First Winter posits what may be the most horrifying apocalyptic scenario imaginable: being trapped in a remote snowbound farmhouse with a group of shaggy yoga hippies. Whether Judgment Day has actually arrived is left severely vague by Benjamin Dickinson’s film; the only solid clues are some billowing smoke on the horizon and a caravan of friends not returning to the house with the crew’s car.
Ultimately, it’s a question that’s beside the point, since the flimsy traces of action that pass for a plot in this interminable indie revolve around the stranded characters’ ability to subsist with dwindling food supplies and firewood while also dealing with mounting interpersonal tensions. The latter are mainly generated by de facto leader Paul (Paul Manza), a laidback egocentric guru with a broom-like beard and matching mustache who spends his days teaching yoga to his disciples and his nights convincing his girlfriend-of-the-moment, Jen (Jennifer Kim), to share their bed with Sam (Samantha Jacober). Jen does, because everyone in the house is a grating go-with-the-flow type, save for Matt (Matthew Chastain), who mainly enjoys snorting heroin by himself in his room and glaring at Paul with both jealousy (since Matt also likes Sam) and contempt for the man’s pompous shaman routine.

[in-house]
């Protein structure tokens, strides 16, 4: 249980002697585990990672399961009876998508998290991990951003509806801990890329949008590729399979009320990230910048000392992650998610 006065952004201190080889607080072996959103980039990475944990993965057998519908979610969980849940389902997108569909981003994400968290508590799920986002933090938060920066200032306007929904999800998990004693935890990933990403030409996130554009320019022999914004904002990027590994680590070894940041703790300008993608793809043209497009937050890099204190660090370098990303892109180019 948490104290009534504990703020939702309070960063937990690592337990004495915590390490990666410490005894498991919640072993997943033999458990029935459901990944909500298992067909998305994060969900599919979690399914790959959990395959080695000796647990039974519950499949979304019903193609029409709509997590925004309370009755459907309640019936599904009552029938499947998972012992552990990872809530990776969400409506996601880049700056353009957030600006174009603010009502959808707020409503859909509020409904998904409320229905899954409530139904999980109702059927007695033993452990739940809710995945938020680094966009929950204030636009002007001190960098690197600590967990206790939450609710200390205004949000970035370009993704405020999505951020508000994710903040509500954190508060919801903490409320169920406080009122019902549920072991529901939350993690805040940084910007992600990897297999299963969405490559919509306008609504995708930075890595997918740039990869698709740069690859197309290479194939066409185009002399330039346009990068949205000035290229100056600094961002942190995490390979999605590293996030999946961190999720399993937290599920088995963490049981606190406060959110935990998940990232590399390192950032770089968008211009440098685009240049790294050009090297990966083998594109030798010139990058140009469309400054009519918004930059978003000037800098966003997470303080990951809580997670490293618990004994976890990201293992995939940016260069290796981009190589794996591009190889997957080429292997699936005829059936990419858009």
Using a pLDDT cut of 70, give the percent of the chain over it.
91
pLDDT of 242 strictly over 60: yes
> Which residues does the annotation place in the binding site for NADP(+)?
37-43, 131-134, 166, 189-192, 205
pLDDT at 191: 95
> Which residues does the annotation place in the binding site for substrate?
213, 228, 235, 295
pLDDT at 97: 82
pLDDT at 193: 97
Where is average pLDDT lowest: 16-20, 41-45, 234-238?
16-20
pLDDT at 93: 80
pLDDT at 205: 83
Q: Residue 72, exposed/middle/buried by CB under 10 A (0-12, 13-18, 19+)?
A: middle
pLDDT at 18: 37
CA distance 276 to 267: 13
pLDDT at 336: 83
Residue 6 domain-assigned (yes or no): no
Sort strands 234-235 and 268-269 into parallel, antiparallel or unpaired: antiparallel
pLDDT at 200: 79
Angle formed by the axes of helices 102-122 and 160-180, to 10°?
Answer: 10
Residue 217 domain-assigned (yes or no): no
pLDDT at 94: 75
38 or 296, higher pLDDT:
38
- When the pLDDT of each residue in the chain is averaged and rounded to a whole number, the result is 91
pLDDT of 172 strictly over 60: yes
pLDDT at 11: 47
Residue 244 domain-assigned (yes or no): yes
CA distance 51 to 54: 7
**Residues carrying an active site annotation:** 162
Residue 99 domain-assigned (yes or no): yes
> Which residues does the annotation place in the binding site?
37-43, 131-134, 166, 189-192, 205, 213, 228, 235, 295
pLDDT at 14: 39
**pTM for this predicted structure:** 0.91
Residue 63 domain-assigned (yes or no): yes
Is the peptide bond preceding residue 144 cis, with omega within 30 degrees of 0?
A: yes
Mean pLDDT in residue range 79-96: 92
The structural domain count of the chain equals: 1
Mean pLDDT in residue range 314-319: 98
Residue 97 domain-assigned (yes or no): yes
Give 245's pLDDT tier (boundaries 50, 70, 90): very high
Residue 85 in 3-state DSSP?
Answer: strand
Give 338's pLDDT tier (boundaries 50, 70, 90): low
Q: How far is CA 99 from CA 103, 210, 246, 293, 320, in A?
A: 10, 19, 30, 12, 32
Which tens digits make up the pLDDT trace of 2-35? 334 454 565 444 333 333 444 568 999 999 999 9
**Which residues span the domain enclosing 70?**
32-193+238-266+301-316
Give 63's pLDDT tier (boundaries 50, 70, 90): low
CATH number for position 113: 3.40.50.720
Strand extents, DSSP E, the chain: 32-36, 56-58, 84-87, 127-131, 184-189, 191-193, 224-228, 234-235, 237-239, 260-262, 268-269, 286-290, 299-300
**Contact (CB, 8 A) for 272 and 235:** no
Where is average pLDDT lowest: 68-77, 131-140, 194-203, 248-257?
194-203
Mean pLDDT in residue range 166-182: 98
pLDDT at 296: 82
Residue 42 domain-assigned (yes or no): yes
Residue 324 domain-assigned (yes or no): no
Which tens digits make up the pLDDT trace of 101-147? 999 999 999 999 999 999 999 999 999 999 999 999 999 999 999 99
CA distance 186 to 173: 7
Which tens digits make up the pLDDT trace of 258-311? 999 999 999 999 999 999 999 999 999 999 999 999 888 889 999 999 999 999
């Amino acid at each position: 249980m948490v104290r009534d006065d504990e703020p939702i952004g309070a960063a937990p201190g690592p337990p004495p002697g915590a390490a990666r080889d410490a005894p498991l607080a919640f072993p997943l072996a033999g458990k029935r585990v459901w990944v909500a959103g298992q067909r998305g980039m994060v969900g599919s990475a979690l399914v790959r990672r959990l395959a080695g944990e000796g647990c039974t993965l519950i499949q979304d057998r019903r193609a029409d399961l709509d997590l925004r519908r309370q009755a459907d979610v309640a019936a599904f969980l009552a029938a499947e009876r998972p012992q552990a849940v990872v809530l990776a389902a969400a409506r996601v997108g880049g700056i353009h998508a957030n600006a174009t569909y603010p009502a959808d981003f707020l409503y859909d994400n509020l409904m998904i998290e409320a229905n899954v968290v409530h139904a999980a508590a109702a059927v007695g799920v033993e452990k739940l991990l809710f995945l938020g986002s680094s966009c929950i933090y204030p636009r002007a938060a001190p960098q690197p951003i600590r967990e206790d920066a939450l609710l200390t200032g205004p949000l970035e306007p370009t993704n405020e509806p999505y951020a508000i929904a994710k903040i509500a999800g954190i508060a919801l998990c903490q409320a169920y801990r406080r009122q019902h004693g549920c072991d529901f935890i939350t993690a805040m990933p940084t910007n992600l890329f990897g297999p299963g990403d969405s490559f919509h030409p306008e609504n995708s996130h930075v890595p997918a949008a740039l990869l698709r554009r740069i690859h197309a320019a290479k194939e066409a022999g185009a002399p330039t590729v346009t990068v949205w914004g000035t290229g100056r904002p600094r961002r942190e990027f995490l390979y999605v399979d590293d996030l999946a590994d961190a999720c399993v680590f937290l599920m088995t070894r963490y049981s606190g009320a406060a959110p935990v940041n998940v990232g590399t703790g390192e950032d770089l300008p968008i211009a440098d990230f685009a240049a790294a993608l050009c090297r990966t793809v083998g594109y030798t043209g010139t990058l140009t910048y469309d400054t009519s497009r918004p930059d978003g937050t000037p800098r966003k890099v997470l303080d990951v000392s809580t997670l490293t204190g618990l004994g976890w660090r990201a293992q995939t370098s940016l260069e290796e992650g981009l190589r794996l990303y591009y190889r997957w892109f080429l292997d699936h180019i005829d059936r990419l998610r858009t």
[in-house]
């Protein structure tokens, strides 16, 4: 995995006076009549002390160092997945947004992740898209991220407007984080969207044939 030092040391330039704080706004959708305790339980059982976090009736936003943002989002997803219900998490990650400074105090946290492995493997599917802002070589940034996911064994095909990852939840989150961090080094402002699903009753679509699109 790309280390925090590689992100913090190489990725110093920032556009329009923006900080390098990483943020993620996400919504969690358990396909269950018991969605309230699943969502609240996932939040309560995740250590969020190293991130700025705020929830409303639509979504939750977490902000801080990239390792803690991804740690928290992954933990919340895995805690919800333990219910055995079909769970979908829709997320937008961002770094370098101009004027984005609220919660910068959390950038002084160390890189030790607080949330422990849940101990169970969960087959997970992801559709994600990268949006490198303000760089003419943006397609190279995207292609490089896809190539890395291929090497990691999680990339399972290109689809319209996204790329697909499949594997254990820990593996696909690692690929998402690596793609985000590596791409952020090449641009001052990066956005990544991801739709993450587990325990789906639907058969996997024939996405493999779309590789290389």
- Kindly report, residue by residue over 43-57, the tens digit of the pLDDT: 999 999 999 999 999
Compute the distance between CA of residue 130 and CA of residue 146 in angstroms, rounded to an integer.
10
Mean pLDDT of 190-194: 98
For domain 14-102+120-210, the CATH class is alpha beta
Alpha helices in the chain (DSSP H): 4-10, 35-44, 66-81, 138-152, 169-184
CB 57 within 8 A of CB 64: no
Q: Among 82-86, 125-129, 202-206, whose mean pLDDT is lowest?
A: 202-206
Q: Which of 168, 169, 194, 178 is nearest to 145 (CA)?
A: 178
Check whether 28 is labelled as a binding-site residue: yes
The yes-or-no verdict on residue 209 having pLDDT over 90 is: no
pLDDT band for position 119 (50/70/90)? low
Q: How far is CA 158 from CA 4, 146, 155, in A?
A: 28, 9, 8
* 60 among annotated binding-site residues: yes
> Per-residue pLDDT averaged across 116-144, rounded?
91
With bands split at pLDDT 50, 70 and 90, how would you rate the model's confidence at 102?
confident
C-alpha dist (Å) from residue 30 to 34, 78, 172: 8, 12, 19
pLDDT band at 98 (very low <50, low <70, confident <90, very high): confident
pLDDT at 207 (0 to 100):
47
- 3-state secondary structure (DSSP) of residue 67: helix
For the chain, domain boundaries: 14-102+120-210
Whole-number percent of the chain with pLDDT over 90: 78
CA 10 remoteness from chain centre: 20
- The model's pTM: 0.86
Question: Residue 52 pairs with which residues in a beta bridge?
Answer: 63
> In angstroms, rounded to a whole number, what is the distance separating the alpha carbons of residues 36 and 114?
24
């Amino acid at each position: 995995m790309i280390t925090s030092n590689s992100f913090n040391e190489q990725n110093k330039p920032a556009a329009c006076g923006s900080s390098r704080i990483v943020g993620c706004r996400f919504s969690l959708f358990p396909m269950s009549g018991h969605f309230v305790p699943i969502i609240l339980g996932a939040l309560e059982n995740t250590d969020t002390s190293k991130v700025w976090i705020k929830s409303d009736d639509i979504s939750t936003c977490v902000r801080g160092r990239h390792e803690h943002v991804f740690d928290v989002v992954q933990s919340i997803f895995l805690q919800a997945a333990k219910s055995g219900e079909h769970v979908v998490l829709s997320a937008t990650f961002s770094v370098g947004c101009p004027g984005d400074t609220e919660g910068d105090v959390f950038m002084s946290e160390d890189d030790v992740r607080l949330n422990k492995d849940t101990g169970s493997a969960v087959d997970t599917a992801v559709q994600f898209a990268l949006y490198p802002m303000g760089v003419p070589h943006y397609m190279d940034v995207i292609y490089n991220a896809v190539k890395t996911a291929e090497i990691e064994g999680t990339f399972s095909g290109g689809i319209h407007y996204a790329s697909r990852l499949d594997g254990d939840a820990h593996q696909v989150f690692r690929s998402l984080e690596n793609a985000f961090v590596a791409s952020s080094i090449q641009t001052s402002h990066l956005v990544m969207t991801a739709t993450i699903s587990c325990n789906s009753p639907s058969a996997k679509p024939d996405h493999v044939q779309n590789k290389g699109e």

In other words, Matt is the audience’s surrogate throughout First Winter, which—other than capturing a mood of wannabe-free-spirit narcissism and one-with-nature languorousness—is successful only at alienating. Shaky handheld camerawork results in unpleasant proximity with the uniformly blank, disagreeable characters, to the point that one feels an actual urge to shove at the screen to create greater physical separation. Dickinson’s cinematographic unsteadiness slowly gives way to more visual stasis, but endless close-ups of characters’ quiet faces, bodies in deliberate motion, and food preparation and consumption fail to create anything approaching empathetic engagement with Paul and company’s increasingly dire circumstances and testy romantic entanglements.
Around the midway point, one of the film’s ciphers dies due to another’s arrogant negligence, and then soon afterward, a loaded rifle enters into the dramatic equation, portending more possible fatalities for these insufferable nobodies. Alas, Dickinson’s story isn’t interested in devolving into genuine you-reap-what-you-sow chaos; its interests are mainly relegated to wallowing in the frigid-starvation-suffering of its protagonists and then, for no justifiable reason, bestowing on them transcendence—a state of being diametrically opposed to the experience of actually enduring this leaden, torturous exercise in hippie survivalist chic.